biz-bedbugs0224   0220110120wdby William D’Urso – Feb. 24, 2011 12:00 AM
The Arizona Republic

PHOENIX — The mere mention of bed bugs might make most people uncomfortable.

But it’s a growing problem in Arizona and getting rid of them is turning into big business for exterminators.

Some pest-control firms have diversified and grown their businesses by adding bedbug eradication as a specialty niche.

National revenue in bedbug extermination and management increased to $258 million in 2009 from $98 million in 2006, according to the National Pest Management Association.

Of the two other major insect pests described in the association’s report — fleas and fire ants — the bedbug-extermination industry was the only one to grow every year.

Fred Willey owns Invader Pest Management of Glendale. He says bedbugs account for about 5 percent of his business now and he expects that number to double this year.

“I plan on developing more of the niche market,” Willey told The Arizona Republic. “There’s going to be a select few companies that specialize in it. Bedbugs are probably the toughest pest to control that we’ve dealt with.”

Wiley said most people are not aware of how easily they are spread and how fast they repopulate.

According to a survey conducted by the pest-management association in cooperation with the University of Kentucky, 95 percent of U.S. respondents indicated that their company or organization had encountered a bedbug infestation in the past year.

In a previous association survey of pest-control firms, 6 percent of respondents said they had performed more than 100 services for bedbugs. In a survey conducted two years later, 20 percent of those surveyed said they had performed more than 100 bedbug jobs in the past year, with 7 percent saying they had done 500.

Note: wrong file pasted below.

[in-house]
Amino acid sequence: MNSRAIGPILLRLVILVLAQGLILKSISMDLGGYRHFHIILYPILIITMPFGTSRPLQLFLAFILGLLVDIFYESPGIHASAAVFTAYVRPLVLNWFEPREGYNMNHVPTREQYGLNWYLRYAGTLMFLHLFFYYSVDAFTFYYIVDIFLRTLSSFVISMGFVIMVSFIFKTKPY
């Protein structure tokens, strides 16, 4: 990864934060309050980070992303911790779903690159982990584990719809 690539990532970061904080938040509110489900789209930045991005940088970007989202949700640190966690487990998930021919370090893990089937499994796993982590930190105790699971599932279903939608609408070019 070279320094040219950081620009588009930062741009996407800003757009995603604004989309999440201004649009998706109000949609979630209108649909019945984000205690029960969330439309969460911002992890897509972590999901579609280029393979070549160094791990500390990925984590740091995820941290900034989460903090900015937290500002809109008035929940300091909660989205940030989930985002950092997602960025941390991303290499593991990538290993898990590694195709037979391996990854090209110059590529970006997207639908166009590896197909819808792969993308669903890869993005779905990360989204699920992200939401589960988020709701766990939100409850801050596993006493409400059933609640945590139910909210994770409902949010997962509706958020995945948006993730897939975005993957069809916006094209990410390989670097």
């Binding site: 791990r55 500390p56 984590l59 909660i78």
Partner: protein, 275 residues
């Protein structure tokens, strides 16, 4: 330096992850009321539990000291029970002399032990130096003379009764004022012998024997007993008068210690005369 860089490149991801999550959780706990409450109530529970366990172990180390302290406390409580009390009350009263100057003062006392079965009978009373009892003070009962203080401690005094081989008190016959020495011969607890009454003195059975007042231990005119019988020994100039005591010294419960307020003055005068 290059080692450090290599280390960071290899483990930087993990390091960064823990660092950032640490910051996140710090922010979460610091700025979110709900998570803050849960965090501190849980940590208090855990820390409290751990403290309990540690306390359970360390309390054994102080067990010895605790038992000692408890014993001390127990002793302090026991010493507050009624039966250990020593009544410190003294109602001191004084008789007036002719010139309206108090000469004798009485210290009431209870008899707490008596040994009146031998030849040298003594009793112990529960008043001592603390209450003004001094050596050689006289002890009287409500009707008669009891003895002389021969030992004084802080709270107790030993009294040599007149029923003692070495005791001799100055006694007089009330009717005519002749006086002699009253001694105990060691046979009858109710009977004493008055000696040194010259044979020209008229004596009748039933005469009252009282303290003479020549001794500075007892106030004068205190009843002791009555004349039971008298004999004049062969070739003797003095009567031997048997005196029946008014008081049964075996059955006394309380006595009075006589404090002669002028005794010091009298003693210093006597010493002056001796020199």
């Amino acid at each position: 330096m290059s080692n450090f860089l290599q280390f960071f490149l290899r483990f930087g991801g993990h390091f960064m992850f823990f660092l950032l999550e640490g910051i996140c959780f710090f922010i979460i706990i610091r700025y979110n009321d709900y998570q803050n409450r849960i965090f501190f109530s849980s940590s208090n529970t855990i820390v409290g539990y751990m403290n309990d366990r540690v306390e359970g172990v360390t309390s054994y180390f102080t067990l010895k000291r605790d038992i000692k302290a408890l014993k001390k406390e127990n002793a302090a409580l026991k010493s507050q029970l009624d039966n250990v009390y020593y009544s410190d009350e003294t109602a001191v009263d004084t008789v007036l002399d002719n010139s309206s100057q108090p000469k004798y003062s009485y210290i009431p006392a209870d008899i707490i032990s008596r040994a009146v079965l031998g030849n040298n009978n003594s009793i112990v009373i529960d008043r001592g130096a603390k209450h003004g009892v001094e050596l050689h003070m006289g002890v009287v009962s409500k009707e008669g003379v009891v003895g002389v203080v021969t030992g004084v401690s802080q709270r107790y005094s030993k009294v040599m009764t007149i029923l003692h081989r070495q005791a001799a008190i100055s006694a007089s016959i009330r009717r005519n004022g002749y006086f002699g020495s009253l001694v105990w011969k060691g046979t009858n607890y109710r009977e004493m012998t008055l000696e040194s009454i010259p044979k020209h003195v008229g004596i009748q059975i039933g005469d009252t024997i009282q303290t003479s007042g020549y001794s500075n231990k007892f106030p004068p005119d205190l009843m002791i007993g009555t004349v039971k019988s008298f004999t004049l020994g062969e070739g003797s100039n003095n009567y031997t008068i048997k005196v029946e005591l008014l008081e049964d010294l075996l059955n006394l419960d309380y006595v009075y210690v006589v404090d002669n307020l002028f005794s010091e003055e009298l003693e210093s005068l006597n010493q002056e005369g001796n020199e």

Ron Ketner, owner of AZEX Pest Solutions, said about 90 percent of his business now is bedbug extermination. When he created his business in 2007, Ketner focused on termites.

“We were maybe getting a bedbug call a month,” Ketner said.

Once the housing market crashed, he said, there were far fewer customers looking for termite inspections.

Ketner said that was about the time bedbugs started to dramatically increase in number; now, he receives about 12 inquiries a day.

Ketner, a proponent of thermal treatments, uses heaters to warm the room to temperatures of up to 155 degrees. The treatment takes about a day, and afterward, he brings in an independent third party with bedbug-sniffing dogs to double-check that all the pests have been exterminated.

Dawn Gouge, an associate professor and associate specialist of entomology at the University of Arizona, said bedbugs are “an increasing problem” in the state.

Gouge has been an entomologist and integrated pest-management specialist since 1995. She has written numerous articles on insects, including bedbugs.

She said bedbugs are far more prevalent in areas with large populations, and Arizona has seen a dramatic increase in bedbug numbers because of the state’s explosive population growth.

“You name it. At this point, we’ve found bedbugs in those environments … everywhere where people are. … They’re expert hitchhikers,” Gouge said of the pests.

She said bedbugs are primarily unpleasant and don’t pose a major health threat because they do not transmit diseases to humans. Although many people don’t have severe reactions to the pest, Gouge said, some people can have dangerous physical reactions to bedbug bites.

Gouge said the real damage of bedbugs may not even be physical.

“People will spend every single penny they don’t have on bedbug remediation,” she said. “Psychologically, they are an enormous stressor.”


Information from: The Arizona Republic,